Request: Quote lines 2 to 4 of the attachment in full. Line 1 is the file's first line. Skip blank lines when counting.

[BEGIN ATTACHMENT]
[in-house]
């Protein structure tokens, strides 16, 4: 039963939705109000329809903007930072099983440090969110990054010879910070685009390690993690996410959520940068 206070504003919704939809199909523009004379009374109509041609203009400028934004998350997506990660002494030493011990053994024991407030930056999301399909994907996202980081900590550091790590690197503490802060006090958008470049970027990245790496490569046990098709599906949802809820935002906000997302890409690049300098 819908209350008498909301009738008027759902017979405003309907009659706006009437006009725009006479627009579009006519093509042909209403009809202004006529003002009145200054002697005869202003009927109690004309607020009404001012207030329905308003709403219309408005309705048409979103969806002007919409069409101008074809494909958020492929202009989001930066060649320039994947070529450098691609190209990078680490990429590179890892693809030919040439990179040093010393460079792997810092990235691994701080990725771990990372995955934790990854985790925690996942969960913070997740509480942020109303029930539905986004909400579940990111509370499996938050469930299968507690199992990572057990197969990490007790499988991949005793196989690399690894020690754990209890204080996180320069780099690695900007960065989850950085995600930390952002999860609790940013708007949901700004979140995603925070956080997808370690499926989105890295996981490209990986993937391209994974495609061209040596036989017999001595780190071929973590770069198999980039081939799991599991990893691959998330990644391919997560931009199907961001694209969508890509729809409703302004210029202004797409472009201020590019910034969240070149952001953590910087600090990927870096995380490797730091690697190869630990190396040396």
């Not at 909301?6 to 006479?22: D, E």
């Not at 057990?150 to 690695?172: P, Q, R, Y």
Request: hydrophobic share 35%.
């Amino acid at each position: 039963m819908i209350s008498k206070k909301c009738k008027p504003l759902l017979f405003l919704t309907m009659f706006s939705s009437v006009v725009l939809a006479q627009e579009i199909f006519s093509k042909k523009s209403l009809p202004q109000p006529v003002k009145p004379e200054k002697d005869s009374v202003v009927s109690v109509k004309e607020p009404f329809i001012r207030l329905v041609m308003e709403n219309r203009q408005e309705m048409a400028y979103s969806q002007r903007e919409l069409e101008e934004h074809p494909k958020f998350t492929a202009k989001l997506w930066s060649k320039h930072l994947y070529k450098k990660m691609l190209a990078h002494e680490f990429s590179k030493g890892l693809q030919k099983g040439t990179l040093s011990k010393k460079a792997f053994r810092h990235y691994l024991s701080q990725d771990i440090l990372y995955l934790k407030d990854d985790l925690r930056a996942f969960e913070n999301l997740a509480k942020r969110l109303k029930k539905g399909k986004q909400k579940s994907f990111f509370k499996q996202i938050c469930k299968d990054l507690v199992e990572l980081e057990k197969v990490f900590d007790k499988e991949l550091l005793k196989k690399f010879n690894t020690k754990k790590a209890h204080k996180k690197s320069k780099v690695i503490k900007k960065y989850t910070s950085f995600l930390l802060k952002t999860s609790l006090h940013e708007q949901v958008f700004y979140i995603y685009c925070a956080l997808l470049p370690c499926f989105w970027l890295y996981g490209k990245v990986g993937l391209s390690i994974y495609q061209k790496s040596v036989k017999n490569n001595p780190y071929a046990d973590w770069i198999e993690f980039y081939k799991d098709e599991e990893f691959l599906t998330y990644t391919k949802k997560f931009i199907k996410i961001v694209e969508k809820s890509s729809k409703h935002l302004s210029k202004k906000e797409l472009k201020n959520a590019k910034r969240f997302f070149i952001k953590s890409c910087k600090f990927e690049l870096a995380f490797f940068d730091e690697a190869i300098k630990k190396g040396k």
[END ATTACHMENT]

């Protein structure tokens, strides 16, 4: 039963939705109000329809903007930072099983440090969110990054010879910070685009390690993690996410959520940068 206070504003919704939809199909523009004379009374109509041609203009400028934004998350997506990660002494030493011990053994024991407030930056999301399909994907996202980081900590550091790590690197503490802060006090958008470049970027990245790496490569046990098709599906949802809820935002906000997302890409690049300098 819908209350008498909301009738008027759902017979405003309907009659706006009437006009725009006479627009579009006519093509042909209403009809202004006529003002009145200054002697005869202003009927109690004309607020009404001012207030329905308003709403219309408005309705048409979103969806002007919409069409101008074809494909958020492929202009989001930066060649320039994947070529450098691609190209990078680490990429590179890892693809030919040439990179040093010393460079792997810092990235691994701080990725771990990372995955934790990854985790925690996942969960913070997740509480942020109303029930539905986004909400579940990111509370499996938050469930299968507690199992990572057990197969990490007790499988991949005793196989690399690894020690754990209890204080996180320069780099690695900007960065989850950085995600930390952002999860609790940013708007949901700004979140995603925070956080997808370690499926989105890295996981490209990986993937391209994974495609061209040596036989017999001595780190071929973590770069198999980039081939799991599991990893691959998330990644391919997560931009199907961001694209969508890509729809409703302004210029202004797409472009201020590019910034969240070149952001953590910087600090990927870096995380490797730091690697190869630990190396040396």
């Not at 909301?6 to 006479?22: D, E």
């Not at 057990?150 to 690695?172: P, Q, R, Y």